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  • ivanildotrindade 5:07 pm on September 21, 2012 Permalink | Reply
    Tags: attack in libya, bridges to cross, , evil in the world, innocence of muslims, jesus' wife, Libya, Mary Magdalene, radical islam, religious persecution, the last temptation of christ, the problem of evil, violence in islam   

    The Muslim Across the Street is NOT My Enemy 

    I disagree with those who are saying that the recent deadly attack on the American Embassy in Libya was the result of protests gone awry. There is no question that some radical militants have seized the opportunity afforded them by the anti-Islamic YouTube so-called movie “Innocence of Muslims,” but to say that this was the reason for the attack is a bit of a stretch.

    Some Americans still need to wake up to one simple reality: there is, after all, good and evil in this world. Now I am not saying that we are good and everyone else is evil. That would be ethnocentric and arrogant. But to recognize that there is evil is like saying that the sun is hot. Let me say it then as clearly as I can: every day there are people who wake up in some dark corners of this earth and go about one and only one activity — devising ways they can inflict the most extensive damage and cause the greatest possible pain against the United States of America and what this country stands for.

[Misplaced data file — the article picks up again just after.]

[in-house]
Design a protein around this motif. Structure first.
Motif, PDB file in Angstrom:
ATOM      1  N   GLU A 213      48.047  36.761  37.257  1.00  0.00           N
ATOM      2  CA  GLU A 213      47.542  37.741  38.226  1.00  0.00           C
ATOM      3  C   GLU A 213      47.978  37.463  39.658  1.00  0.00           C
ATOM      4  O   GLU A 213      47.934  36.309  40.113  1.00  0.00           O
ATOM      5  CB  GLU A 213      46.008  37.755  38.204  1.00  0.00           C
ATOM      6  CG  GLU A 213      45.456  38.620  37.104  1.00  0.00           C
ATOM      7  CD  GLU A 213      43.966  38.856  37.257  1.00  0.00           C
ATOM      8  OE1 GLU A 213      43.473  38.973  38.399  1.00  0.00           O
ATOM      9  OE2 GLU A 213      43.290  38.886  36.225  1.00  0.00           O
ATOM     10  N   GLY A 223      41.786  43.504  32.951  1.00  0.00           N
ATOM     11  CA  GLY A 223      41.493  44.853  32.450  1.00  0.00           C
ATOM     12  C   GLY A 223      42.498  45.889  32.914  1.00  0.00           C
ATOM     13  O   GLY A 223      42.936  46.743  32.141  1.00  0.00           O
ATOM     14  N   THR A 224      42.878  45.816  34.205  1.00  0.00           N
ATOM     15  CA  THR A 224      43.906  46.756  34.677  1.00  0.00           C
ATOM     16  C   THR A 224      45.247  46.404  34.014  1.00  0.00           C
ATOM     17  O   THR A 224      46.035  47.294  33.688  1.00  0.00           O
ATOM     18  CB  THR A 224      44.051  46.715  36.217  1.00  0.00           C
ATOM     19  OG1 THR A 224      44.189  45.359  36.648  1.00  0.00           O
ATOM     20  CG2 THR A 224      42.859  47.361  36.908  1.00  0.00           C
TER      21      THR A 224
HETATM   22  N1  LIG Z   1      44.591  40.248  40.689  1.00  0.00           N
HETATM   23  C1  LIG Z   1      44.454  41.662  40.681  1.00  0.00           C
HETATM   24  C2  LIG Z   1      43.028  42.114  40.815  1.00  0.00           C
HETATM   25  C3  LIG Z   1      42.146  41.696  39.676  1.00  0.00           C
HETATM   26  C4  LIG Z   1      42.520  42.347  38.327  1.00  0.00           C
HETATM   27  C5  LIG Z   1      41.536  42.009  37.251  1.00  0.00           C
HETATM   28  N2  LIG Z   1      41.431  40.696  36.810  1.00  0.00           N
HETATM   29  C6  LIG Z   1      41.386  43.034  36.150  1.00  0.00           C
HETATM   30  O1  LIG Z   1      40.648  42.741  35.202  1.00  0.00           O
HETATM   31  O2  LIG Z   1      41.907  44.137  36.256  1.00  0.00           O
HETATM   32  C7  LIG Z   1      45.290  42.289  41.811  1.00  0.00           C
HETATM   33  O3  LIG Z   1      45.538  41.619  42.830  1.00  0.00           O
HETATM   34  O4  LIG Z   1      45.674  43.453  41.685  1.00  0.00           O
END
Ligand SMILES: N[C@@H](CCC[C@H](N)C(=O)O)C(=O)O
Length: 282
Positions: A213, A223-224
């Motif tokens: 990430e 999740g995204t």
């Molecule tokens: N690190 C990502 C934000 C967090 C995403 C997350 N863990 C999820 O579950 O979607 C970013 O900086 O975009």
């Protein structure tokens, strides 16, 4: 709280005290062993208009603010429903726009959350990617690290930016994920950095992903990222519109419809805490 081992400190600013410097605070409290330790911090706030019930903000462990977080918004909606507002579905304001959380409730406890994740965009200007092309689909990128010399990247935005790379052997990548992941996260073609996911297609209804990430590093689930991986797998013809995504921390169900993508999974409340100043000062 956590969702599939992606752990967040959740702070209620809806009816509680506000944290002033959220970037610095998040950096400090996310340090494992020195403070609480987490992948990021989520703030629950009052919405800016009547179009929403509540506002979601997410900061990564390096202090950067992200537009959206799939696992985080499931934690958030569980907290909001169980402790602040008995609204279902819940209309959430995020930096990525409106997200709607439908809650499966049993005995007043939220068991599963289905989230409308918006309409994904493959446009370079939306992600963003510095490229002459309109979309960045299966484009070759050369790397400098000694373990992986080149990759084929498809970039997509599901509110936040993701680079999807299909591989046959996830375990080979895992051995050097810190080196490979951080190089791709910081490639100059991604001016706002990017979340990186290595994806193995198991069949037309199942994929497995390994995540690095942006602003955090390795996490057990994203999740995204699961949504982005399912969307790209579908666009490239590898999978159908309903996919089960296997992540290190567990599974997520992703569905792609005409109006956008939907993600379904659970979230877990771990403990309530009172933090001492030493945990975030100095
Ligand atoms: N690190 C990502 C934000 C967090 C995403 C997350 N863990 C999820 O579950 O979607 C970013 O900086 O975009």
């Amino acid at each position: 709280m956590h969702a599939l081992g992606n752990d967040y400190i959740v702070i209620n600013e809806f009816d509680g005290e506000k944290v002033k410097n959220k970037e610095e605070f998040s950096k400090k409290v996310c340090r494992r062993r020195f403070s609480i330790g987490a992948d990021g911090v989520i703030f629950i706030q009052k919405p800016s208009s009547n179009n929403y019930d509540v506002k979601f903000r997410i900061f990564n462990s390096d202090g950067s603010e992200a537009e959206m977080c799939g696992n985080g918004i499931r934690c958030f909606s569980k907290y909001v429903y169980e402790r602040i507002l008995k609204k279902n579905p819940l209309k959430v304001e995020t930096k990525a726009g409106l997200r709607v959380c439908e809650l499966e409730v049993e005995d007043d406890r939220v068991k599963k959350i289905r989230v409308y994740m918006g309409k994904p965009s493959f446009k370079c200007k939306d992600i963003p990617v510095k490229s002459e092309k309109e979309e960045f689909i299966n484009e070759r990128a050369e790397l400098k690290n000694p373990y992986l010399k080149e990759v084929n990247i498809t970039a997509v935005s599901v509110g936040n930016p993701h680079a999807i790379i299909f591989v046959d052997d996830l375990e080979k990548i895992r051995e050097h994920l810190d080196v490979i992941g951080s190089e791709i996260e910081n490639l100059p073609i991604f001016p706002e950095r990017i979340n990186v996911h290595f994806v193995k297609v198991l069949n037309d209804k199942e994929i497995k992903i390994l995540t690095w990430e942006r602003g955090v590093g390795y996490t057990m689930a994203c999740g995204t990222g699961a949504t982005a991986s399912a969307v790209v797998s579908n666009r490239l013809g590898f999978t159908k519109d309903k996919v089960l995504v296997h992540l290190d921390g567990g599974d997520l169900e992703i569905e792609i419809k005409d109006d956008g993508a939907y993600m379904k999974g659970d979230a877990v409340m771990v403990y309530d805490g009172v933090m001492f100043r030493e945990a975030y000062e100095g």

Actually, I should revise that statement: there are people who do that 24-7. They have taken a secret vow to bring destruction not only to a country but to an entire civilization.

    Now I don’t think anyone knows how many people like that are out there. And no one can say what they look like or when they are about to strike. We can’t even say which religion they belong to. They may not belong to any religion, even if they claim they do.

     

    This is not to say that we don’t know what the biggest threat to Christianity and Western Civilization is — a radical strand of Islam which is uncompromisingly violent and unashamedly zealot for the destruction of Israel and the church.

    Just one simple fact will suffice: it is undeniable that today whenever a Muslim fundamentalist group ascends to power Christians starting running for their lives. Their churches are burned, their families are decimated. Persecution against Christians and other religious minorities is still a fact of life in about 60 countries around the world, the vast majority being those dominated by a radical Islamic ideology.